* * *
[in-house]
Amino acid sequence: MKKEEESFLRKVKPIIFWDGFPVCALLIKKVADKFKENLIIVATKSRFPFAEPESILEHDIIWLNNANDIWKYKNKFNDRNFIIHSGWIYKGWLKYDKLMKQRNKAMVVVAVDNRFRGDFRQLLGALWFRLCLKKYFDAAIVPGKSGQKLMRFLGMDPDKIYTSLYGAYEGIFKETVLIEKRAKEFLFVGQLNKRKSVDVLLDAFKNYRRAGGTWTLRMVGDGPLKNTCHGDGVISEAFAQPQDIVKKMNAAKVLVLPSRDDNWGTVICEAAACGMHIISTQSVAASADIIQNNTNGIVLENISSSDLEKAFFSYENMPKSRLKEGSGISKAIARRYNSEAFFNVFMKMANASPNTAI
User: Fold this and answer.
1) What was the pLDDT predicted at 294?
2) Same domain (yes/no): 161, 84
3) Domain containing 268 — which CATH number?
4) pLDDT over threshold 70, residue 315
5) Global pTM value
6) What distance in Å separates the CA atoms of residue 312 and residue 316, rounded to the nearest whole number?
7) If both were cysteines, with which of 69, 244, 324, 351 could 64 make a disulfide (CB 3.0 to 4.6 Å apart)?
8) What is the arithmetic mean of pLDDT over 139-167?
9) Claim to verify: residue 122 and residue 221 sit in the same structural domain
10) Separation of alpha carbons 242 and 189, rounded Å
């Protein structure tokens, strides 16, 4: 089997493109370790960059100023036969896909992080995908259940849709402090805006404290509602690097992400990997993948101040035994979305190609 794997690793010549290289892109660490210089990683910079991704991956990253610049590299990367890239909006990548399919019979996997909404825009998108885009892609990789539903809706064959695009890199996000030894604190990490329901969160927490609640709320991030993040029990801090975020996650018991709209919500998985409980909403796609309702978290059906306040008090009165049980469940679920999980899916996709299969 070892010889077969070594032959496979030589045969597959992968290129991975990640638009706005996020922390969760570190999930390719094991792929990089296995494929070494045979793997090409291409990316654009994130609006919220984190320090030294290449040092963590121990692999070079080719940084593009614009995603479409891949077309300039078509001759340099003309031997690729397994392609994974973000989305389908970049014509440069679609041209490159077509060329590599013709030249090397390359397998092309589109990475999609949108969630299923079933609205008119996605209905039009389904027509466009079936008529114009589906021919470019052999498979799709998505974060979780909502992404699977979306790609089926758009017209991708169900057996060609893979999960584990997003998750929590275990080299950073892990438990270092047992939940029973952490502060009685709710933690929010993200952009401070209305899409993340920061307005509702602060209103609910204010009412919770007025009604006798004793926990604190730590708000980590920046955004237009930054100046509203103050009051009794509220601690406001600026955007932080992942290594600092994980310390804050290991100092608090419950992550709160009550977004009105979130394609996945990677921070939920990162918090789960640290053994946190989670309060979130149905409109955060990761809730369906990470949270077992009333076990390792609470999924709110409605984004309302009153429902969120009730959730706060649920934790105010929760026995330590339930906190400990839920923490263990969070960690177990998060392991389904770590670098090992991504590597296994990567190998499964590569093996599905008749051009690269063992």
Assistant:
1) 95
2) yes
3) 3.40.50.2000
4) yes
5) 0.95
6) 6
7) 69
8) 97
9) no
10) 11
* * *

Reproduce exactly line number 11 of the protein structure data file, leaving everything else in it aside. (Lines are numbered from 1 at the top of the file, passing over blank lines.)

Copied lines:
8) What is the arithmetic mean of pLDDT over 139-167?